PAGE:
DA and Superintendent Announce 4th Consecutive Year of Truancy Reduction in SF

Thursday, August 11, 2011

Erica Terry Derryck, DA Gascón’s Office, (415) 553-1167
Gentle Blythe, SFUSD, (415) 241-6565

DA and Superintendent Announce 4th Consecutive Year of Truancy Reduction in SF

August 11, 2011 (San Francisco) – City and state leaders kicked off the 2011-2012 school year, which begins Monday, August 15, by announcing that for the fourth year in a row, San Francisco has reduced the number of habitually and chronically absent children enrolled in its public schools.

This significant decline is part of the trend that began four years ago when the San Francisco District Attorney’s Office and the San Francisco Unified School District (SFUSD) partnered to combat truancy. This year, there was a 16 percent reduction in the number of chronically absent students from the 2009-2010 to 2010-2011 school year and an 11 percent reduction in the number of habitually absent students for the same period. (Habitual absence is defined as an unexcused absence from a given school year of 10 to 19 days, while chronic absence is missing more than 20 days.)

San Francisco District Attorney George Gascón and SFUSD Superintendent Carlos Garcia were joined by State Superintendent of Public Instruction Tom Torlakson as well as representatives from the San Francisco Mayor’s Office, Department of Children, Youth and Their Families (DCYF), and the YMCA-run Truancy Assessment and Resource Center (TARC) at Leonard Flynn Elementary School to announce that city and community leaders would be continuing to team up to keep kids in school.

“As someone who dropped out of high school, I know firsthand how important it is to intervene early when it comes to truancy,” said District Attorney Gascón. “One of the best investments we can make as a city is working collectively and collaboratively to motivate students and parents to make education a top priority. That begins by making sure that every child is in school learning because the safety of our communities depends on kids getting their lessons in a classroom instead of out on the streets. ”

"We need to make sure that our youth are ready to compete in the 21st century economy and combating truancy and chronic absences are critical to ensuring that our children receive the education they need to close the graduation gap and succeed in the future," said Mayor Ed Lee.

This year SFUSD plans to redouble efforts to notify families at the first signs of truancy or absenteeism. Through a new program from School Innovations and Advocacy called Attention2Attendance, Garcia said SFUSD will begin taking a more systematic approach to attendance management and dropout prevention that supports district goals to improve graduation rates, close the achievement gap, and recover learning time.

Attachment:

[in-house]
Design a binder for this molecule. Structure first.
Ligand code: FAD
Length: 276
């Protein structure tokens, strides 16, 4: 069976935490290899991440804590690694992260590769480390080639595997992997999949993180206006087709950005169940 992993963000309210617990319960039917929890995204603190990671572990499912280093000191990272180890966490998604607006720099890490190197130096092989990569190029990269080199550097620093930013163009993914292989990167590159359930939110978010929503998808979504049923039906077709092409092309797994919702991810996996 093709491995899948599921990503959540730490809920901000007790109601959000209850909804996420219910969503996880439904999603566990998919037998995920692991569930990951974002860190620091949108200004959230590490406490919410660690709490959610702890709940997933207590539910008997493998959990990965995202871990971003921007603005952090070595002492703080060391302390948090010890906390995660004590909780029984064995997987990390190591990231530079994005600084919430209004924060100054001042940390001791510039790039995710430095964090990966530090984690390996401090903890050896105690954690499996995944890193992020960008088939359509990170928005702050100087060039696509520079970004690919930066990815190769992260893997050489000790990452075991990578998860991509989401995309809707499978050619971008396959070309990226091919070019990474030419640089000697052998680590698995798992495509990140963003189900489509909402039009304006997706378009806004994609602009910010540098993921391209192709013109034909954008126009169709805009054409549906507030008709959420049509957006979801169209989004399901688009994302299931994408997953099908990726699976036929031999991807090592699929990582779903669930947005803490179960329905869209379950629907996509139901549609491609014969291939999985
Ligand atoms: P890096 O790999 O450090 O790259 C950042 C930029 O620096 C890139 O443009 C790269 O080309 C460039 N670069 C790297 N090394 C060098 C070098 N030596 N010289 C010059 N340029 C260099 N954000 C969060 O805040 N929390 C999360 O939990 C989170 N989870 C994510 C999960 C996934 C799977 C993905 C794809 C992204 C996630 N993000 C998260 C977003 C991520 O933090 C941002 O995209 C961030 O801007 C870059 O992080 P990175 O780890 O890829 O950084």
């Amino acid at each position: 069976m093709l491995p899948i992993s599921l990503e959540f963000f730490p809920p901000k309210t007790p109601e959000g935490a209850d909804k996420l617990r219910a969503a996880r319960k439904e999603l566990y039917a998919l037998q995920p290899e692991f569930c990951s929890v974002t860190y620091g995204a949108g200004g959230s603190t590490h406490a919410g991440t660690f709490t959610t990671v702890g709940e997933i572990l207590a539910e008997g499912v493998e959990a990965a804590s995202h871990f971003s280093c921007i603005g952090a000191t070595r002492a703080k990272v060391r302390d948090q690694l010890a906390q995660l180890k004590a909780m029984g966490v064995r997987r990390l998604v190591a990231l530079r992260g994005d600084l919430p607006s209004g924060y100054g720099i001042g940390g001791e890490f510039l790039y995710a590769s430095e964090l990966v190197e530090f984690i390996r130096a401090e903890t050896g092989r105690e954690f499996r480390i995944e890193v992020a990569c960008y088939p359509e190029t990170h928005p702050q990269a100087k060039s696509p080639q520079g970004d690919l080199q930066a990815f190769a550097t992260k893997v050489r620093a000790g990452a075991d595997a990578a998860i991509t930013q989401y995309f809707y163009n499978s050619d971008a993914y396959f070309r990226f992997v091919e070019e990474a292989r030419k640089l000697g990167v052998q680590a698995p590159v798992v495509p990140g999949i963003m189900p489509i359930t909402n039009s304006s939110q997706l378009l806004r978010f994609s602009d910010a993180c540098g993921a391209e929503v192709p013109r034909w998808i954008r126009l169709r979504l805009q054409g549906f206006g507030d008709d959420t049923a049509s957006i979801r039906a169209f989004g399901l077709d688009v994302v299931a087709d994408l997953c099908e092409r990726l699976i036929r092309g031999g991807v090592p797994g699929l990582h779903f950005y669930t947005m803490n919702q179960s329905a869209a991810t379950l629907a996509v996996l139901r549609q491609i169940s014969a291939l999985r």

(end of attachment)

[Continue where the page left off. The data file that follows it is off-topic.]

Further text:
“Overall, we showed improvement last year with the percent of students present across all grade levels. This is a continuation of a positive trend that we have seen over the past several years. This year we plan to increase attendance even more as we are implementing a new district-wide system of centralized parent notification for both truancy and chronic absenteeism. The system will free up our school site staff to provide the direct support and interventions needed to assist students and families in addressing the impediments to school attendance,” said Superintendent Garcia.

Once again as students return to school, a letter from the District Attorney will be distributed to parents outlining the dangers of truancy and the potential criminal penalties for parents and guardians who fail to have their children attend school on a regular basis. Before any cases can be referred to the DA’s Office for prosecution, SFUSD follows a seven-step intervention process which involves alerting caregivers to the situation and providing direct support for families whose circumstances may keep their children out of school.

Families in need of attendance-related assistance are encouraged to contact SFUSD by calling 415-695-5543.